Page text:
Most children will have attended a playgroup or childcare setting before they reach the age of five. There are many theories on whether or not early socialization is effective in determining children’s future academic success. Some say that a warm and responsive home will provide the child with enough benefit to become well balanced and sociable. Others say that belonging to a group outside of the home will enable the child to learn to follow directions and get along with peers, thus having a major impact on future social success. But how are we really to know where the truth lies?
Parents are forever trying to navigate a path that gives their children a fair chance at life. To grow and develop, be capable and independent. To make the right choices, select the right friends. Yet each child is an individual human being and genetically wired in his or her own way. How can we ensure that our children will be receptive to instruction and grasp opportunities to obtain knowledge, regardless of where they spend their early first years?
There’s a word that Maria Montessori used called Horme, which is actually defined as “the Greek spirit personifying energetic activity, impulse or effort (to do a thing), eagerness, setting oneself in motion.” Her idea was that the child’s Horme is a kind of unconscious power that drives the child to reach a certain goal.
If we are to entertain this notion that children have something within them that causes them to seek experiences that help them, then basically, we might believe that experience and environment are key factors in a child’s development. The child needs stimuli to gravitate towards gaining impressions that spark the need for more stimuli, and so on and so forth.
We might choose to attempt to satiate the child’s needs at home, by filling his space with toys and playdates, navigating his schedule through swim lessons and dance recitals. Yet, inevitably at some point the child will outgrow his home, finding himself in an environment different from the one he has grown up in and is accustomed to. He will need to make both a physical and mental transition to this new environment. The child’s journey is moving from what she or he knows to something that is completely foreign to her.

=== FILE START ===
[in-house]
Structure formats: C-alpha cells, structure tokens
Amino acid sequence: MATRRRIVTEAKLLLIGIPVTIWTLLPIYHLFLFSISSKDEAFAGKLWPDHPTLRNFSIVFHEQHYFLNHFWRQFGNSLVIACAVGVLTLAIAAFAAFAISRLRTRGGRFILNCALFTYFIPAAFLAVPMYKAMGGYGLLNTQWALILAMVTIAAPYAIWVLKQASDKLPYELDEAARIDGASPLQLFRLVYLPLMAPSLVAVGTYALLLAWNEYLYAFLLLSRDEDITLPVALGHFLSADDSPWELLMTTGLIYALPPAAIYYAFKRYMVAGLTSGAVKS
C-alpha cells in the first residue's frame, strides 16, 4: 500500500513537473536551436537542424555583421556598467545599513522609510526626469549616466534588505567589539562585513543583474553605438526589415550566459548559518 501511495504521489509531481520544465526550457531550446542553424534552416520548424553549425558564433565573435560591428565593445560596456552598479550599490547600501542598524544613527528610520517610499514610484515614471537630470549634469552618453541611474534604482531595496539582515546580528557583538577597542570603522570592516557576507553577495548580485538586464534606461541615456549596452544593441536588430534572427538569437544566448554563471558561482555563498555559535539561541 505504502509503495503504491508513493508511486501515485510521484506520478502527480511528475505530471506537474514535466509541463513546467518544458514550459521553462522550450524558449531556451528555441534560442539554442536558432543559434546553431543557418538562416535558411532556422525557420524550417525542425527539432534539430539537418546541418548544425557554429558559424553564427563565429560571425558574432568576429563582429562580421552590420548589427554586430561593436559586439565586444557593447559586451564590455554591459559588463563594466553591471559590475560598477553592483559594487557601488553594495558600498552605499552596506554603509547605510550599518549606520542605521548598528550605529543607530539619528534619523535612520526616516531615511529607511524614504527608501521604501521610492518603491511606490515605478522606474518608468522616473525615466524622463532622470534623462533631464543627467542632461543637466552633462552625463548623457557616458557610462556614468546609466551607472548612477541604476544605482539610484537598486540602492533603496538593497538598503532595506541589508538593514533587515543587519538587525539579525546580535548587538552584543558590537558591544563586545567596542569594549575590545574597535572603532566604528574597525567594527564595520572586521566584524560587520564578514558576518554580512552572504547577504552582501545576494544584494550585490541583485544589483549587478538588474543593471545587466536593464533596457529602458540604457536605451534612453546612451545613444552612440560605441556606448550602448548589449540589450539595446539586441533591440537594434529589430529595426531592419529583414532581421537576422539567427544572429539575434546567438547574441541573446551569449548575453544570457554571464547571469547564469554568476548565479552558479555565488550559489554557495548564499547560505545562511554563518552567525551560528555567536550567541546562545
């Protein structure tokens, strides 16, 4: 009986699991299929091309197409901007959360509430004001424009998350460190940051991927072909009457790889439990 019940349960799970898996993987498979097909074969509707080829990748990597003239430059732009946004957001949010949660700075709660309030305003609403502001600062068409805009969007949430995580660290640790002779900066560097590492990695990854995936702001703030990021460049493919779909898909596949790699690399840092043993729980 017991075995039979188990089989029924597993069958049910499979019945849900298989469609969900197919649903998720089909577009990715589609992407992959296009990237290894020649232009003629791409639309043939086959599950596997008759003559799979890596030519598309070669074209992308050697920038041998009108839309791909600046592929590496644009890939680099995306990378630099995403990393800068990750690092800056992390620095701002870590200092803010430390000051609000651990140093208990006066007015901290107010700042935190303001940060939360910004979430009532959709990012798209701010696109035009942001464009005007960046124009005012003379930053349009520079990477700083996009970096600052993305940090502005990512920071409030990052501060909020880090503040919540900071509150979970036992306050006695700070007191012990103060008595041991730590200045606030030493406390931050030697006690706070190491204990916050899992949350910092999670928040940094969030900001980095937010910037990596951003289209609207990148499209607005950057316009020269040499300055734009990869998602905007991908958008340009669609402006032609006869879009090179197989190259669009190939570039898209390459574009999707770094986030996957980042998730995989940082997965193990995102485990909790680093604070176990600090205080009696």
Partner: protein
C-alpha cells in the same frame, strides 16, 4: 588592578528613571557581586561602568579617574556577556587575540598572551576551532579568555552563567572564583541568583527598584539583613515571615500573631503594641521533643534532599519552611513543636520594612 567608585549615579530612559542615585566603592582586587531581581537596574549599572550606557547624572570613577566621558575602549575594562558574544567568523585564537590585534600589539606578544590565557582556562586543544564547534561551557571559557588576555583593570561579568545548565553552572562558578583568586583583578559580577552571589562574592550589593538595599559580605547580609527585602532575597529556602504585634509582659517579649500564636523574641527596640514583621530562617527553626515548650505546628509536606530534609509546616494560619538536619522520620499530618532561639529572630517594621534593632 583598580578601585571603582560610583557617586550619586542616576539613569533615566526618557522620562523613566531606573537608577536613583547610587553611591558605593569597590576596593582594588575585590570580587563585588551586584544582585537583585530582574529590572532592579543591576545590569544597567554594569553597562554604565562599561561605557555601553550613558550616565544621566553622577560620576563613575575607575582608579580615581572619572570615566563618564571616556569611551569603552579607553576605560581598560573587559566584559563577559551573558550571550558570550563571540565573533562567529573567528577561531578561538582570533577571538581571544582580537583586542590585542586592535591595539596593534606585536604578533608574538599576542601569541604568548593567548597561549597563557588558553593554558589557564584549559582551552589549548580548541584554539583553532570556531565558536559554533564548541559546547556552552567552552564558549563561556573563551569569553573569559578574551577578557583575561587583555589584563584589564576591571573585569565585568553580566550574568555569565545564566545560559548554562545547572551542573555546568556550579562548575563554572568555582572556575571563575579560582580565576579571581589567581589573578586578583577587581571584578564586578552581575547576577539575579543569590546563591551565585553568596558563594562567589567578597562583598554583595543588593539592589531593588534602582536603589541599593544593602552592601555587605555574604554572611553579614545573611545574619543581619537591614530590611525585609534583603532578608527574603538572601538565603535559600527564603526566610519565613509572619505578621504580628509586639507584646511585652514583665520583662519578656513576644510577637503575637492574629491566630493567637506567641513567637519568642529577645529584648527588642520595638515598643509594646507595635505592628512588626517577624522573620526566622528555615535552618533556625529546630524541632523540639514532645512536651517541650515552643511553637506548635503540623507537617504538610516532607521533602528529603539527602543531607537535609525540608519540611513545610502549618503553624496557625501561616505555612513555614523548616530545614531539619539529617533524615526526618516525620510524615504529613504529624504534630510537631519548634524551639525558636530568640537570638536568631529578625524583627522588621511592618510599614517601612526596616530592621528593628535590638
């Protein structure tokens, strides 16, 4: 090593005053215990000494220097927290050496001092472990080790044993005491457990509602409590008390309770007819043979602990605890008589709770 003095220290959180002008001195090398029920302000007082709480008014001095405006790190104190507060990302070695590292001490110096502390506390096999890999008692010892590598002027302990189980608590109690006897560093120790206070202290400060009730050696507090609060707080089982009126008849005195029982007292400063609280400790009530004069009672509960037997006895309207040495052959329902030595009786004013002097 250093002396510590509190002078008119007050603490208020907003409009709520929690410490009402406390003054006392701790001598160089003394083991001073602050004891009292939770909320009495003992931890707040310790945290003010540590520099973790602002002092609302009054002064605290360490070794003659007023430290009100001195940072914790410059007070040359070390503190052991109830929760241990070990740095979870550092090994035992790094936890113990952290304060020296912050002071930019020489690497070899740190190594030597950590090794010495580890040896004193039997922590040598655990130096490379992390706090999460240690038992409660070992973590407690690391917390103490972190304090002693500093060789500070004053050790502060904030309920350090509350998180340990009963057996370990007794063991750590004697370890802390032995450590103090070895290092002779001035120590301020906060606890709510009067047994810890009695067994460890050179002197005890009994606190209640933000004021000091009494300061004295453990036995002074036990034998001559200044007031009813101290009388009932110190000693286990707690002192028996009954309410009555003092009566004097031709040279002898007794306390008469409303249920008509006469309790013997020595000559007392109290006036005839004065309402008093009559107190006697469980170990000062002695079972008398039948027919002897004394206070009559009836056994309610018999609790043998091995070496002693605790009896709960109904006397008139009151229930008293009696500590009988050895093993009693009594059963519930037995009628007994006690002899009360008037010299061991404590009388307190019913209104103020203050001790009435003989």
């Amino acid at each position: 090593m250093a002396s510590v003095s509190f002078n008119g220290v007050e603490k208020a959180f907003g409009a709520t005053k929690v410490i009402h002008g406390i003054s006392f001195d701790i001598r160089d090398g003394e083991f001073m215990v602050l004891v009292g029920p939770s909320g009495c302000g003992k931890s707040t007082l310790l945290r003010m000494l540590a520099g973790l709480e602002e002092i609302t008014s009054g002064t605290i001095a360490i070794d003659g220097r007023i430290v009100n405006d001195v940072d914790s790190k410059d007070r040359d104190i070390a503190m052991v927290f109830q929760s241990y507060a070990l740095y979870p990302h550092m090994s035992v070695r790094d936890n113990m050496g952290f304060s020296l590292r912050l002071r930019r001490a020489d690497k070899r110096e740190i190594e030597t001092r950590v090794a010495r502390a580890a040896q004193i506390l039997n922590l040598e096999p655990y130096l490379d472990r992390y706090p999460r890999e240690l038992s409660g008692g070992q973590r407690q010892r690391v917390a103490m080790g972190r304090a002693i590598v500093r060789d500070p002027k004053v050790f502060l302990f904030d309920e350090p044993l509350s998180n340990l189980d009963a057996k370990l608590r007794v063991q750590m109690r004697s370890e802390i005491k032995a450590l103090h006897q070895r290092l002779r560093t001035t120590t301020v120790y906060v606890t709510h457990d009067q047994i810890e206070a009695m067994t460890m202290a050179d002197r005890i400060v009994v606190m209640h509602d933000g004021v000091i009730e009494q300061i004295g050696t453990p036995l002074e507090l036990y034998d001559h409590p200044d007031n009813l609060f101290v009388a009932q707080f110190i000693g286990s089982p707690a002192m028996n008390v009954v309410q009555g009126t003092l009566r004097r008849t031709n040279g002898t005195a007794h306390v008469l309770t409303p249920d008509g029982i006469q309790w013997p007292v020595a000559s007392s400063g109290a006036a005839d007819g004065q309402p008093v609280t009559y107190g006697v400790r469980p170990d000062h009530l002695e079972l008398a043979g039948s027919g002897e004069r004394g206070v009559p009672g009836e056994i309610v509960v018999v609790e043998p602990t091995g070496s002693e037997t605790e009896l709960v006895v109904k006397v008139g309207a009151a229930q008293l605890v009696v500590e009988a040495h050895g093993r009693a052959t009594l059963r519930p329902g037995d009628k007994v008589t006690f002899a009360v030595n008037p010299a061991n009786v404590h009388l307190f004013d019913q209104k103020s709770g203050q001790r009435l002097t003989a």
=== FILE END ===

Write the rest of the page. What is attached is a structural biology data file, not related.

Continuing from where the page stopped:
Three weeks ago, my family and I were visiting relatives in San Francisco. Just two weeks prior, we had pulled our daughter out of the childcare center she was attending. A space had been offered at a well-known prestigious school and we were confident it would be a good match for her both academically and socially. Yet she had only visited there once, for an hour. She had strong attachments to the people who had guided and cared for her at her old center and clearly had little understanding that she would not be returning to the old place. A few days after returning to Switzerland, she would be heading into something completely unknown.
I have to admit, the thought of this was a little off-putting. I worried that we had made a grave error in judgment. Was I being led by what I assumed to be the right choice? Or did I fail to see that she was already content and that a change was totally unnecessary? I will not lie; this is a heavy burden to place on oneself. As the day drew near, I was completely emotional. I worried that I had made the worst mistake. How could I have done this to her: taken her away from everything she knew and cared about?
Finally, the day arrived. We woke up in the morning, ate cereal and got dressed. We talked about going to the new school and what the teachers’ names were. We got into the car and drove to the school. Upon entering the school, we found her class and her own place, already marked with her name, to put her things. The door opened to the classroom, and the teacher greeted her with a warm welcome and smile. We said our goodbyes and see-you-laters. I walked away, and my heart swelled.
Trust your instinct. That’s what I say. Believe in your child and believe in yourself. We are now two weeks into it, and my daughter beams when she talks about her new class and new friends. She is enthusiastic and inspired. That is all I could really ask for.
By Whitney Bushnell
Whitney is an expat mother of two living in Luzern. She has worked as a Montessori teacher for the past 20 years in various countries in the world. One of her favorite quotes is from Carl Jung: “Children are educated by what the grown-up is and not by his talk.” This quote inspires her to stay forever curious and to always be present in the moment.
Illustration by Laura Munteanu
Laura has studied Journalism and Advertising, and has been working as a journalist and an illustrator. She has been illustrating for magazines, websites, charity and diverse campaigns. She lives in Zurich with her husband and nine-year-old daughter.